"Transformers: Revenge of the
Directed by Michael Bay.
Written by Ehren Kruger, Roberto Orci and Alex Kurtzman.
Starring Shia LeBeouf, Megan Fox, Josh Duhamel and John Turturro.
Release Year: 2009
Review Date: 6/25/09
Bigger, longer, louder...check, check and
check for the new sequel "Transformers: Revenge of the Fallen."
And, thankfully, there is no middle portion where nothing really
happens. But, why is the new movie not quite as good as
the last one?
Even now, a full 24 hours after leaving a
midnight showing of the film on opening night, I'm not sure. I
know this much--Michael Bay is the pre-eminent director of
overblown, big-budget action films.
Our friends Sam (Shia LaBeouf) and Mikaela
(Megan Fox) are back; two years after the first film, Sam's at a
college on the East Coast and Mikaela is still working in an auto
repair shop on the West Coast. Meanwhile, the Autobots and
their leader, Optimus Prime (still voiced by Peter Cullen), are
cooperating with the U.S. military to eradicate the planet of the
lingering Decepticons now that their leader, Megatron (voiced by
Hugo Weaving), is buried at the bottom of an ocean. But, a
small shard of the "Allspark"--the magical cube everyone was
fighting over in the first movie--was in some of Sam's trash at
home, and coming into contact with it leads Sam to have a vision of
where some other robot artifacts are found, launching an adventure
that leads Sam, Mikaela, the military and the Autobots all over the
world searching for the location of another artifact.
The story of "Transformers: Revenge of the
Fallen" is bad, and even two hours after leaving the theater, you
can pick out a number of holes that make it even worse. My
favorite is that even though Sam carried the Allspark cube around
with his bare hands in the first film, he never had these
visions...in the sequel, he rubs a sliver of that same cube and he
instantly becomes Einstein. Strangely, a movie this long has a
story this barren...which, brings us to problem #2: there IS such a
thing as action sequences that run on too long. The film's end
sequence, where the two Army guys from the first film (Josh Duhamel
and Tyrese Gibson) lead a squad against Decepticons somewhere in the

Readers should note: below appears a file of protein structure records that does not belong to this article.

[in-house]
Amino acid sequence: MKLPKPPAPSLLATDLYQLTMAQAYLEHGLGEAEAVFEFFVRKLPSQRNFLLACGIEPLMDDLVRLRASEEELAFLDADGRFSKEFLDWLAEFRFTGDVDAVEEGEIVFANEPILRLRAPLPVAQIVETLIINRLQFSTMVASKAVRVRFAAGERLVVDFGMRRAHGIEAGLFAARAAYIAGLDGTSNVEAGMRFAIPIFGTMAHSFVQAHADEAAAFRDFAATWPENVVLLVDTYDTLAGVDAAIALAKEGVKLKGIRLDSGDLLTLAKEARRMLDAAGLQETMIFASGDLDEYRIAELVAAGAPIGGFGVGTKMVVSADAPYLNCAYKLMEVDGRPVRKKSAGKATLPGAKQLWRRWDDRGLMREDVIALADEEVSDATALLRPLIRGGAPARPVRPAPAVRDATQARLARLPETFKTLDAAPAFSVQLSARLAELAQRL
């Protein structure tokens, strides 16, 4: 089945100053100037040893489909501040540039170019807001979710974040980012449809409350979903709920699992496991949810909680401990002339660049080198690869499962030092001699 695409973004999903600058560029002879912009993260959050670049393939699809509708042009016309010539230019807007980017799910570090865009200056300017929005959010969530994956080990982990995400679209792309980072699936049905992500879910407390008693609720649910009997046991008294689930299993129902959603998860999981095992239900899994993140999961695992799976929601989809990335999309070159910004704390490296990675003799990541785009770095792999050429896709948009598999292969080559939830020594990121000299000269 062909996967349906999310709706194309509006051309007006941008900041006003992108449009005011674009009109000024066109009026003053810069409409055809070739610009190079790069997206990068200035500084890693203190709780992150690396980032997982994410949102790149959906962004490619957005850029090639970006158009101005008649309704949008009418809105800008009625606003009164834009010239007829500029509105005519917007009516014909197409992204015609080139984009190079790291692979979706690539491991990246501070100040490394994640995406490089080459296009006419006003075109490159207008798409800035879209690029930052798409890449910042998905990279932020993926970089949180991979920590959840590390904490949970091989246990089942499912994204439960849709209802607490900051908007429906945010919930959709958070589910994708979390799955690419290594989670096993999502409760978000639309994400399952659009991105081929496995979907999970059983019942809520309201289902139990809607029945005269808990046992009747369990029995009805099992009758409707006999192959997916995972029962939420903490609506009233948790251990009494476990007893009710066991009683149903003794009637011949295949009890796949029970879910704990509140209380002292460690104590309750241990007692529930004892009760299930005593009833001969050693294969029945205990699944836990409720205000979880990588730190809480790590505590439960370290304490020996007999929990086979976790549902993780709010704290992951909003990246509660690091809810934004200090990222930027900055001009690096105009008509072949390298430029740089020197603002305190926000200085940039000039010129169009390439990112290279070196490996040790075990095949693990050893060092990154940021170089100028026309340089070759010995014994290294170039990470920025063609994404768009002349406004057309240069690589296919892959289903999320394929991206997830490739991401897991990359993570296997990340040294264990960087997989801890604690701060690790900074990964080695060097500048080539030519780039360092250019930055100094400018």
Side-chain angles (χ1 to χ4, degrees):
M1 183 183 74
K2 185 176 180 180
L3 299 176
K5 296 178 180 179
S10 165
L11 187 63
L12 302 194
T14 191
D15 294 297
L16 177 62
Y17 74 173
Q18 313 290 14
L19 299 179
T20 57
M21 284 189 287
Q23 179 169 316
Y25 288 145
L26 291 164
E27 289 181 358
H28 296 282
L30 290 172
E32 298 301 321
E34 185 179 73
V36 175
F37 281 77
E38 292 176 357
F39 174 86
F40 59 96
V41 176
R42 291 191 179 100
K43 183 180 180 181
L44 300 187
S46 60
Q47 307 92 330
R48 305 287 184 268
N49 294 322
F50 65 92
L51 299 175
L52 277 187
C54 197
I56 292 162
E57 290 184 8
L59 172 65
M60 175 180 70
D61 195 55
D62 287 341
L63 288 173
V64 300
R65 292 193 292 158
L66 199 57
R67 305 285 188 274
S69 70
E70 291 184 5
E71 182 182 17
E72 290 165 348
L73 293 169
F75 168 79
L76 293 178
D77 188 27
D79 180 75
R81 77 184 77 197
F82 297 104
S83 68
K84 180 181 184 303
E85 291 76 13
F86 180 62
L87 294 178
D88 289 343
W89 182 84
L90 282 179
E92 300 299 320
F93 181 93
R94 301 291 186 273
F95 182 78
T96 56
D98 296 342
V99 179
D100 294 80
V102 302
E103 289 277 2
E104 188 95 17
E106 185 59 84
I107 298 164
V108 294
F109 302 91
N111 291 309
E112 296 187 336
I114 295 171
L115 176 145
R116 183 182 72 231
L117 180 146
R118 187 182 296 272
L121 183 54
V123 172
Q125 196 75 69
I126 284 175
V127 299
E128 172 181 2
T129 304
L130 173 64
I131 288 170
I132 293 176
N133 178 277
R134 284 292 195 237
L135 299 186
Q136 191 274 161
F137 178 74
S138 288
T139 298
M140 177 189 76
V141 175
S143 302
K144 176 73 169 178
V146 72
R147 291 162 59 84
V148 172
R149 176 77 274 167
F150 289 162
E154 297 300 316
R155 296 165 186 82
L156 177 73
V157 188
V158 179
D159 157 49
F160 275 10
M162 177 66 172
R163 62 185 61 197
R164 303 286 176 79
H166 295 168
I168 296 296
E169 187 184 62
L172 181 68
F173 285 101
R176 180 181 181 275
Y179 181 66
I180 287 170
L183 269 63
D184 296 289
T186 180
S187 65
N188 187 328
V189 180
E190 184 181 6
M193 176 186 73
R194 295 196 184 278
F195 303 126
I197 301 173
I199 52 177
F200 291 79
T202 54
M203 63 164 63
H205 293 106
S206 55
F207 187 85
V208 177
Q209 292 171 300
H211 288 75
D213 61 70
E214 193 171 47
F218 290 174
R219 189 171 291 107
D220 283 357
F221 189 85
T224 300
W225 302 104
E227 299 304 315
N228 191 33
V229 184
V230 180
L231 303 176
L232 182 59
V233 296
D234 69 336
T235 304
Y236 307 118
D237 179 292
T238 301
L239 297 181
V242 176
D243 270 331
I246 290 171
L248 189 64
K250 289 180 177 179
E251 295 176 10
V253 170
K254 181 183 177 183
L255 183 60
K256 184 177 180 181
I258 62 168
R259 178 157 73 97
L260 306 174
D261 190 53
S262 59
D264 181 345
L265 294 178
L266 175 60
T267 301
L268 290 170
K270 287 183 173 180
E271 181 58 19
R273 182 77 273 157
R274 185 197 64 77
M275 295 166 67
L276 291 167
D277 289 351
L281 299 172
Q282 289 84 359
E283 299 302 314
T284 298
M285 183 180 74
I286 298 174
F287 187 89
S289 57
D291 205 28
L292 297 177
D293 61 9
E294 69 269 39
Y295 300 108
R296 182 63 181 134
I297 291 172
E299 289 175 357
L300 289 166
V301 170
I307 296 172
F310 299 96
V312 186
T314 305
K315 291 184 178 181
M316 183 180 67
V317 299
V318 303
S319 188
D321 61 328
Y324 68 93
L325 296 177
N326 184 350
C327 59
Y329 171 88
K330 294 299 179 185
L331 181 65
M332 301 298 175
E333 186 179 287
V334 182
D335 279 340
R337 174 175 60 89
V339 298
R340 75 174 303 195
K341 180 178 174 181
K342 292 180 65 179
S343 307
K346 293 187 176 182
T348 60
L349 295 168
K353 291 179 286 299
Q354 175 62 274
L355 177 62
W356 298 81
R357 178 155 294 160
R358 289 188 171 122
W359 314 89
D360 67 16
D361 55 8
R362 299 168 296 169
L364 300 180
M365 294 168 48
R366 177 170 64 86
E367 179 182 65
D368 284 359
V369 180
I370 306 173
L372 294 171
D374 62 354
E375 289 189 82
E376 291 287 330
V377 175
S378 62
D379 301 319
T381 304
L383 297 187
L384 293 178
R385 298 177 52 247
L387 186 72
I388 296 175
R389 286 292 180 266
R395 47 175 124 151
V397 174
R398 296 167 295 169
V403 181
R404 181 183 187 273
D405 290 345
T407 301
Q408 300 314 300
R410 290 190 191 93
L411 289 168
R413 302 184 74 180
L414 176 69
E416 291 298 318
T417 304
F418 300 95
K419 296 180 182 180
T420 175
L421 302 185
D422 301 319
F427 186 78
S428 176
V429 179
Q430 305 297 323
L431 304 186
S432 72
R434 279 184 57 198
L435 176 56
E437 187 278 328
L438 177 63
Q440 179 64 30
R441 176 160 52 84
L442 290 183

Egyptian desert, is a series of explosions, gunfire, and general
violence that lasts more than 20 minutes. Sure, it's cool to
watch shit get blow'd up, but even I have my limits. The movie
runs a cool 150 minutes; the first one was 144 minutes, also too
long, but the new movie felt longer in part because 1) it really is,
and 2) I saw it at midnight on a Tuesday. At 2:30 AM, I had
seen enough, and we still had about 15 minutes to go.
Problem #3: robot profanity. As one of
the most profane people you or I know, I feel that I am well versed
in profanity and I enjoy employing it at key moments in my life.
However, I don't like when robots say "pussy" or generally watching
robots spew "shit" throughout their conversation with humans.
For some reason, watching these characters (known to me as toys,
then cartoons growing up) curse really set me off. Problem #4:
like the first film, I didn't feel like the writers did a good job
of rewarding fans of the toys and TV cartoon. There are no
real familiar characters here that are new (thanks to Chuck for
pointing out that Sideswipe has an early cameo in this sequel);
also, the new characters introduced here mainly go the way of
Jar-Jar Binks in terms of "ugh, that character is REALLY
annoying"-ness. Save for the cool-yet-Voltron-ripoff
contruction vehicle Decepticon introduced late in this sequel, I
wasn't all that hyped about any of the new creations. The
movie had a chance to make me happy by introducing the idea that
everyone is chasing Energon--the fuel that gives life to these
robots, hilariously imagined as empty cubes that could be filled
with things like gasoline or electricity to be converted to Energon
back on the TV show--but after introducing it, never revisits it.
My final major issue came with the
inconsistencies created by robot & human weapons and the damage they
wreak on their targets. Here's an example--early in the film,
the Allspark shard gets loose in Sam's house and creates new
Decepticons out of household objects like a toaster and a microwave.
These objects then have weapons like machine guns and missile
launchers, which they use on Sam. Now, if the toaster is
firing a machine gun, why don't the bullets hit Sam like real